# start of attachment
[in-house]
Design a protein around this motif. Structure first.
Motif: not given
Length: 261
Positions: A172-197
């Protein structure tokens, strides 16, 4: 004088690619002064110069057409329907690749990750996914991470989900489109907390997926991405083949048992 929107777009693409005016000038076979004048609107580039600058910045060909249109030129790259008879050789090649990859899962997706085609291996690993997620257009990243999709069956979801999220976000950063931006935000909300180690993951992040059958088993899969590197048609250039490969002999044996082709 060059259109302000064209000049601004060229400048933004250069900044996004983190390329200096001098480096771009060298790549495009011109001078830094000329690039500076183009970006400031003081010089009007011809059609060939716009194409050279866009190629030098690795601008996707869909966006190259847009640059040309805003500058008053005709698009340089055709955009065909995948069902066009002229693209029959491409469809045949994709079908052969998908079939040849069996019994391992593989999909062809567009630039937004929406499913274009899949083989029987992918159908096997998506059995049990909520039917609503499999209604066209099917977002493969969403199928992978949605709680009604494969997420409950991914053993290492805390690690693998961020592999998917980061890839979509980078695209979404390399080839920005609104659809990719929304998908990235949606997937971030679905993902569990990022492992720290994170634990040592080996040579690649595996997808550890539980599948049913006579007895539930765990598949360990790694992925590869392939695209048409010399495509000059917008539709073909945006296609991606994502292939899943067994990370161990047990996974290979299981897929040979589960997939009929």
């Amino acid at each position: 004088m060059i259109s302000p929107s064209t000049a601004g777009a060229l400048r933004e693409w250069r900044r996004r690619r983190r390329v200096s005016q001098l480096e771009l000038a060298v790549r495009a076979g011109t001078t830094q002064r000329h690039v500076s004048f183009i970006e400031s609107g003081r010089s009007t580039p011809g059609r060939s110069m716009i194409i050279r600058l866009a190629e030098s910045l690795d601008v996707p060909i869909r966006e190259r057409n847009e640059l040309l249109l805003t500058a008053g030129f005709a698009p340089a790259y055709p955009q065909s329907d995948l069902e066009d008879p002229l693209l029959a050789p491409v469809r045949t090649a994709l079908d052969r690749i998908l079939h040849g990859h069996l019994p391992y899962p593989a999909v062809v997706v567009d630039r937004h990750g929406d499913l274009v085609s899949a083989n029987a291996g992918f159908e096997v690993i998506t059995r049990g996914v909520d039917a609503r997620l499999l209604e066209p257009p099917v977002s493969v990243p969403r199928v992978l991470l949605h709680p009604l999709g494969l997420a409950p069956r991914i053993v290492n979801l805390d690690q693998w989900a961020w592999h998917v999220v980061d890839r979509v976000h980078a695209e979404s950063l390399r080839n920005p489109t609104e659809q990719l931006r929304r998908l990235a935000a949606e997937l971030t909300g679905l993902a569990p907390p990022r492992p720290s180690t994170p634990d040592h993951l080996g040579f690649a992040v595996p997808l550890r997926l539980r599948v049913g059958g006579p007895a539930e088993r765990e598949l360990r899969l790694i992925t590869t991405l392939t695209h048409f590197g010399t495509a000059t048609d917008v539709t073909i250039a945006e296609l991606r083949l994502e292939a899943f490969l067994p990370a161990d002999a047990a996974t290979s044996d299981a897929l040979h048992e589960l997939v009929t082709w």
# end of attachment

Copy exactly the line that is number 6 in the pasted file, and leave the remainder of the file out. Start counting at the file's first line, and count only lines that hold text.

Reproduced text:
């Protein structure tokens, strides 16, 4: 004088690619002064110069057409329907690749990750996914991470989900489109907390997926991405083949048992 929107777009693409005016000038076979004048609107580039600058910045060909249109030129790259008879050789090649990859899962997706085609291996690993997620257009990243999709069956979801999220976000950063931006935000909300180690993951992040059958088993899969590197048609250039490969002999044996082709 060059259109302000064209000049601004060229400048933004250069900044996004983190390329200096001098480096771009060298790549495009011109001078830094000329690039500076183009970006400031003081010089009007011809059609060939716009194409050279866009190629030098690795601008996707869909966006190259847009640059040309805003500058008053005709698009340089055709955009065909995948069902066009002229693209029959491409469809045949994709079908052969998908079939040849069996019994391992593989999909062809567009630039937004929406499913274009899949083989029987992918159908096997998506059995049990909520039917609503499999209604066209099917977002493969969403199928992978949605709680009604494969997420409950991914053993290492805390690690693998961020592999998917980061890839979509980078695209979404390399080839920005609104659809990719929304998908990235949606997937971030679905993902569990990022492992720290994170634990040592080996040579690649595996997808550890539980599948049913006579007895539930765990598949360990790694992925590869392939695209048409010399495509000059917008539709073909945006296609991606994502292939899943067994990370161990047990996974290979299981897929040979589960997939009929």